Randy Newman sings on Saturday at Troy Savings Bank Music Hall (30 Second St.). The Rock and Roll Hall of Famer, winner of six Grammys, two Oscars, three Emmys and more, just released “Dark Matter,” his first (mostly) new collection in nine years. Like his film scores, these songs conjure clear mental visions: three uncles composed film music: Alfred, Lionel and Emil; as do cousins Thomas, Maria, David and Joey. Like his pop songs, they’re pungently sarcastic or sweetly sentimental.
“Dark Matter” views history through a skeptical eye: “The Great Debate” revisits the arguments of “Rednecks” on “Good Old Boys” (1974) about the south. “Sonny Boy” decries identity theft among bluesmen as cultural (and not just career) appropriation, “Brothers” portrays the Kennedys as hyper-entitled horn-dogs who staged the Bay of Pigs invasion to bring singer Celia Cruz to America, and “It’s a Jungle Out There” sounds more scary than the original (the 2004 theme song for “Monk”), now that its doleful prophecies are coming true. You can guess what “Putin” is about, but Newman casts the doubt-free dictator in an existential crisis.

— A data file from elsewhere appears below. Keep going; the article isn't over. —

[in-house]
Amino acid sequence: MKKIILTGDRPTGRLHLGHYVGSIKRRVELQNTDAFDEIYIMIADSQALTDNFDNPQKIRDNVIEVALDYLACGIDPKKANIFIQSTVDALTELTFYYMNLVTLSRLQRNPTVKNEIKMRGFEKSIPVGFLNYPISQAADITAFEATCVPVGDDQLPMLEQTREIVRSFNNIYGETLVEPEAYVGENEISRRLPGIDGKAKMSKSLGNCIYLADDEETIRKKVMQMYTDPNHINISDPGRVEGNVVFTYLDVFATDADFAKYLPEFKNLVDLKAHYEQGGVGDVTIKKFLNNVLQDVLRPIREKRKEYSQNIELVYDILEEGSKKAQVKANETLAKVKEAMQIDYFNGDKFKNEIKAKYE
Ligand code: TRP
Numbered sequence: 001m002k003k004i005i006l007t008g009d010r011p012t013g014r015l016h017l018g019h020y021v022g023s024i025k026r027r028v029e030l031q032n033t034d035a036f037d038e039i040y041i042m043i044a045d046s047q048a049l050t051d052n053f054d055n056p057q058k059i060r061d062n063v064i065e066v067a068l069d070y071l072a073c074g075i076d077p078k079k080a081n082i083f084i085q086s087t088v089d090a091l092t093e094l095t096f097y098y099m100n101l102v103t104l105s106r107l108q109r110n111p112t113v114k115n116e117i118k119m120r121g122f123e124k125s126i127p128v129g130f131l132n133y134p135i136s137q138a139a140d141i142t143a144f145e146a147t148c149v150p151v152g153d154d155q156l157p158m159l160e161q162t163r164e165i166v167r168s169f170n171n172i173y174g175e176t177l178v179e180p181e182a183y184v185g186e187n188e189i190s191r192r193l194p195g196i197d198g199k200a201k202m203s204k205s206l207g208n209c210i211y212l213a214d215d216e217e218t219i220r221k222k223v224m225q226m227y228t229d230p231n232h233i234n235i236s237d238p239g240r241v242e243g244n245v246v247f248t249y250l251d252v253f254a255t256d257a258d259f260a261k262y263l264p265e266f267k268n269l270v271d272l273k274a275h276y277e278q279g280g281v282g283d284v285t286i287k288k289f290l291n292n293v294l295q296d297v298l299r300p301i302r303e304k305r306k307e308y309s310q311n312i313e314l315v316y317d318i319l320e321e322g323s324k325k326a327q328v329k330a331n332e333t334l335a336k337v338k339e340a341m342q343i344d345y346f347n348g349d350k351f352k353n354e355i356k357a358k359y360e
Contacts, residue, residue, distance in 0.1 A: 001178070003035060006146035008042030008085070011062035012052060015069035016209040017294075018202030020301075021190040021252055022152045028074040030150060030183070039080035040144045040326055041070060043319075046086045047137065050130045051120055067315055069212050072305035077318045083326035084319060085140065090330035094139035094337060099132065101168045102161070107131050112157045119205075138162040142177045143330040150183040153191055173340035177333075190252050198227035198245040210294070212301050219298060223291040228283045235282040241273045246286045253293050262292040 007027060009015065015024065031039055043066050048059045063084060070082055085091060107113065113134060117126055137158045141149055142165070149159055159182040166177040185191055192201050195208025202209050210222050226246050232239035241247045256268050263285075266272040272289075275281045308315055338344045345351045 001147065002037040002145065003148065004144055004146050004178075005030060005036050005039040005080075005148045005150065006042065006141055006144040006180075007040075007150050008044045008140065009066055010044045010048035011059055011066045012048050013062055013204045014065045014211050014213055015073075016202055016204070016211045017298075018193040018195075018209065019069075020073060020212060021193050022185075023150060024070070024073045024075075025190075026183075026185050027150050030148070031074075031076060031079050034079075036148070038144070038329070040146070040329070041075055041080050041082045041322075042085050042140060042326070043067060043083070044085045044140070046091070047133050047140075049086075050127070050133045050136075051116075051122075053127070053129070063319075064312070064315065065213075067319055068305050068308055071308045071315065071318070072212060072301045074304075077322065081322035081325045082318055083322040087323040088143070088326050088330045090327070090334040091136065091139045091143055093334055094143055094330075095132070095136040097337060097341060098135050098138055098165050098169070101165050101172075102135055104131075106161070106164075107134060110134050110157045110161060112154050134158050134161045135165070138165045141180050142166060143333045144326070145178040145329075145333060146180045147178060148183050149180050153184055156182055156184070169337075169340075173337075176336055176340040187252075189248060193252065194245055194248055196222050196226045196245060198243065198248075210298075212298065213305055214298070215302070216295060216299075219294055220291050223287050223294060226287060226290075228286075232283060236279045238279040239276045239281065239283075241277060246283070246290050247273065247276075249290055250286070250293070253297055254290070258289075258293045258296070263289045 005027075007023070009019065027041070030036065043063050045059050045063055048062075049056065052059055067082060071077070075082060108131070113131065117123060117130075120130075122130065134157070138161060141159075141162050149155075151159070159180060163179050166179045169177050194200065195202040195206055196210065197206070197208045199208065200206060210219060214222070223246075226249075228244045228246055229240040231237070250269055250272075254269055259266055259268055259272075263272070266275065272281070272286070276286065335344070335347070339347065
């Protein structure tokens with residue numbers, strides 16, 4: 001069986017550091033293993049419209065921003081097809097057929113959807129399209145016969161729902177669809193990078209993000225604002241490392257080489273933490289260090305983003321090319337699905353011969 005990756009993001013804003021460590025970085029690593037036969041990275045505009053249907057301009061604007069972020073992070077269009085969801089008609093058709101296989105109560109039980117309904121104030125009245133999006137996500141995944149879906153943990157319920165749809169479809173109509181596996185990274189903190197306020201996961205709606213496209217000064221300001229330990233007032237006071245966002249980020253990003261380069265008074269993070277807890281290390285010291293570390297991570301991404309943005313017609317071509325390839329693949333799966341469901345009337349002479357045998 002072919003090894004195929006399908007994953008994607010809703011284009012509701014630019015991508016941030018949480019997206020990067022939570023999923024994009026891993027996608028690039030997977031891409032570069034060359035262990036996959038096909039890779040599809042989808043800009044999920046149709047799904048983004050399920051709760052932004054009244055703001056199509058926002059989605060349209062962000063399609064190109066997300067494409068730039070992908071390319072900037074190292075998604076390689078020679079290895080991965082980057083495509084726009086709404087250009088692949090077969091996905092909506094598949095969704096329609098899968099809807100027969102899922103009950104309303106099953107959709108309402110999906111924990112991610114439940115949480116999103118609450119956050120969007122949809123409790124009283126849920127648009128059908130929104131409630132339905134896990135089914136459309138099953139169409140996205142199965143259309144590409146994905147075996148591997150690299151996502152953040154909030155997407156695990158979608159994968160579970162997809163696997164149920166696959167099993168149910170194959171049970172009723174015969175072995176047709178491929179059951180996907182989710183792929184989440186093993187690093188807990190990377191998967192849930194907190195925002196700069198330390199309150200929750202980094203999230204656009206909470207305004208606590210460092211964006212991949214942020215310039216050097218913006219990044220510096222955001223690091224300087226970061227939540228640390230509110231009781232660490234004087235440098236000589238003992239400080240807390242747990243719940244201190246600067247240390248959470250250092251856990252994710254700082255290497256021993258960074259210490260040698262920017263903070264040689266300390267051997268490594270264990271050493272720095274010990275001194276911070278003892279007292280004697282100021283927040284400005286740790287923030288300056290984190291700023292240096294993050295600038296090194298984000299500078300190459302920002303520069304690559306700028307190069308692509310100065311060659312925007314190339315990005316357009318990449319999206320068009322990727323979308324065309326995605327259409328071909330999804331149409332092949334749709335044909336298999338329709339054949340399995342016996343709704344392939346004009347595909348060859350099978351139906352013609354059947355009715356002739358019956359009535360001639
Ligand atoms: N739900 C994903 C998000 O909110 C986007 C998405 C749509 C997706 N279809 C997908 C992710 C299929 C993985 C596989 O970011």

After bracing gusts of sarcasm, Newman wafts breezes of gentle sentiment in “She Chose Me,” contrast conferring powerful poignancy — just as he did at my first Jazz Fest (’08) when he proclaimed New Orleans “my favorite place on earth” and mourned its drowning in 1927, completely wiping out 20,000 of us with one sad song. Newman can walk both sides of the street at once: “Lost Without You” stirs love and loss together in a fiery stew almost…
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